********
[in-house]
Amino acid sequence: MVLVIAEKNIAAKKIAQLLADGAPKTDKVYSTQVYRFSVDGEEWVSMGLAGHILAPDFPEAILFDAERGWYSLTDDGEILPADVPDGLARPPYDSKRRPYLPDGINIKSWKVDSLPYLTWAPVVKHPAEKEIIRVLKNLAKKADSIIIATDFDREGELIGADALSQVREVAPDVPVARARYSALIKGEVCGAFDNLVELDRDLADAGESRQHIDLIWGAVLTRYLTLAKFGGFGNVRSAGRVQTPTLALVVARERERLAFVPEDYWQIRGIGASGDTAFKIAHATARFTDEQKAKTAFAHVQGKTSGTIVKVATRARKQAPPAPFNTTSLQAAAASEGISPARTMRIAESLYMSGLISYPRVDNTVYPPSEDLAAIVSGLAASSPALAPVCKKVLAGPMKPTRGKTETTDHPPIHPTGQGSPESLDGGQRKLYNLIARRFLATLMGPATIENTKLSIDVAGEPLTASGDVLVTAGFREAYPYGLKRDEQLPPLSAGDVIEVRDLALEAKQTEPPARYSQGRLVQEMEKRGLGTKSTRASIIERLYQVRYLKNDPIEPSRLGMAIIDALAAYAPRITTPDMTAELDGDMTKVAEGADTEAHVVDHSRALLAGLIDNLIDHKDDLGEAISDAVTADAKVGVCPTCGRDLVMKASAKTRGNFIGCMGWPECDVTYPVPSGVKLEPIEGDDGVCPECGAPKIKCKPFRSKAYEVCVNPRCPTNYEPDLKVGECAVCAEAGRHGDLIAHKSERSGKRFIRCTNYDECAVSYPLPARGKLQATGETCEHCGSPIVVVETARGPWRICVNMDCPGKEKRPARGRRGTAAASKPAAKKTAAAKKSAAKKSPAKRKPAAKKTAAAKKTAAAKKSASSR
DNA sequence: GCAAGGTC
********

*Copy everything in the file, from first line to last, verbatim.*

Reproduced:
[in-house]
Amino acid sequence: MVLVIAEKNIAAKKIAQLLADGAPKTDKVYSTQVYRFSVDGEEWVSMGLAGHILAPDFPEAILFDAERGWYSLTDDGEILPADVPDGLARPPYDSKRRPYLPDGINIKSWKVDSLPYLTWAPVVKHPAEKEIIRVLKNLAKKADSIIIATDFDREGELIGADALSQVREVAPDVPVARARYSALIKGEVCGAFDNLVELDRDLADAGESRQHIDLIWGAVLTRYLTLAKFGGFGNVRSAGRVQTPTLALVVARERERLAFVPEDYWQIRGIGASGDTAFKIAHATARFTDEQKAKTAFAHVQGKTSGTIVKVATRARKQAPPAPFNTTSLQAAAASEGISPARTMRIAESLYMSGLISYPRVDNTVYPPSEDLAAIVSGLAASSPALAPVCKKVLAGPMKPTRGKTETTDHPPIHPTGQGSPESLDGGQRKLYNLIARRFLATLMGPATIENTKLSIDVAGEPLTASGDVLVTAGFREAYPYGLKRDEQLPPLSAGDVIEVRDLALEAKQTEPPARYSQGRLVQEMEKRGLGTKSTRASIIERLYQVRYLKNDPIEPSRLGMAIIDALAAYAPRITTPDMTAELDGDMTKVAEGADTEAHVVDHSRALLAGLIDNLIDHKDDLGEAISDAVTADAKVGVCPTCGRDLVMKASAKTRGNFIGCMGWPECDVTYPVPSGVKLEPIEGDDGVCPECGAPKIKCKPFRSKAYEVCVNPRCPTNYEPDLKVGECAVCAEAGRHGDLIAHKSERSGKRFIRCTNYDECAVSYPLPARGKLQATGETCEHCGSPIVVVETARGPWRICVNMDCPGKEKRPARGRRGTAAASKPAAKKTAAAKKSAAKKSPAKRKPAAKKTAAAKKTAAAKKSASSR
DNA sequence: GCAAGGTC